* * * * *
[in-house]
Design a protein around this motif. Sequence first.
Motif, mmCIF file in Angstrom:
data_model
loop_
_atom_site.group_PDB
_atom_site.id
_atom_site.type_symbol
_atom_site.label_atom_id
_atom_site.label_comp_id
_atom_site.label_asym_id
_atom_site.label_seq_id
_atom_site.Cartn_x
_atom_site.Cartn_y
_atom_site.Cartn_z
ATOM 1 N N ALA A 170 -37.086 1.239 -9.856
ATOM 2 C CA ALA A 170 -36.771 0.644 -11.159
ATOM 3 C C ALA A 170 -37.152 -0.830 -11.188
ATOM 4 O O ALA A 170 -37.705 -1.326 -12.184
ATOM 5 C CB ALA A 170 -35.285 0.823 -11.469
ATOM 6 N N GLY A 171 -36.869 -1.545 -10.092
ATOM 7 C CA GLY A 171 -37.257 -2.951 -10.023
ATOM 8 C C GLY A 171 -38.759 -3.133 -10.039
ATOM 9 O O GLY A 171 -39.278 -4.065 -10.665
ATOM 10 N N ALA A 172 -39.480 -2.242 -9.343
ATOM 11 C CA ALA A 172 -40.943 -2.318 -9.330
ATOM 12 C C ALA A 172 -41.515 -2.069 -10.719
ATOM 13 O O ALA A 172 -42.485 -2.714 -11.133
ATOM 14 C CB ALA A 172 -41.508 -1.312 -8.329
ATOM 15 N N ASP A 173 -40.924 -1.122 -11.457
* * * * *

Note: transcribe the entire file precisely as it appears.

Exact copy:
[in-house]
Design a protein around this motif. Sequence first.
Motif, mmCIF file in Angstrom:
data_model
loop_
_atom_site.group_PDB
_atom_site.id
_atom_site.type_symbol
_atom_site.label_atom_id
_atom_site.label_comp_id
_atom_site.label_asym_id
_atom_site.label_seq_id
_atom_site.Cartn_x
_atom_site.Cartn_y
_atom_site.Cartn_z
ATOM 1 N N ALA A 170 -37.086 1.239 -9.856
ATOM 2 C CA ALA A 170 -36.771 0.644 -11.159
ATOM 3 C C ALA A 170 -37.152 -0.830 -11.188
ATOM 4 O O ALA A 170 -37.705 -1.326 -12.184
ATOM 5 C CB ALA A 170 -35.285 0.823 -11.469
ATOM 6 N N GLY A 171 -36.869 -1.545 -10.092
ATOM 7 C CA GLY A 171 -37.257 -2.951 -10.023
ATOM 8 C C GLY A 171 -38.759 -3.133 -10.039
ATOM 9 O O GLY A 171 -39.278 -4.065 -10.665
ATOM 10 N N ALA A 172 -39.480 -2.242 -9.343
ATOM 11 C CA ALA A 172 -40.943 -2.318 -9.330
ATOM 12 C C ALA A 172 -41.515 -2.069 -10.719
ATOM 13 O O ALA A 172 -42.485 -2.714 -11.133
ATOM 14 C CB ALA A 172 -41.508 -1.312 -8.329
ATOM 15 N N ASP A 173 -40.924 -1.122 -11.457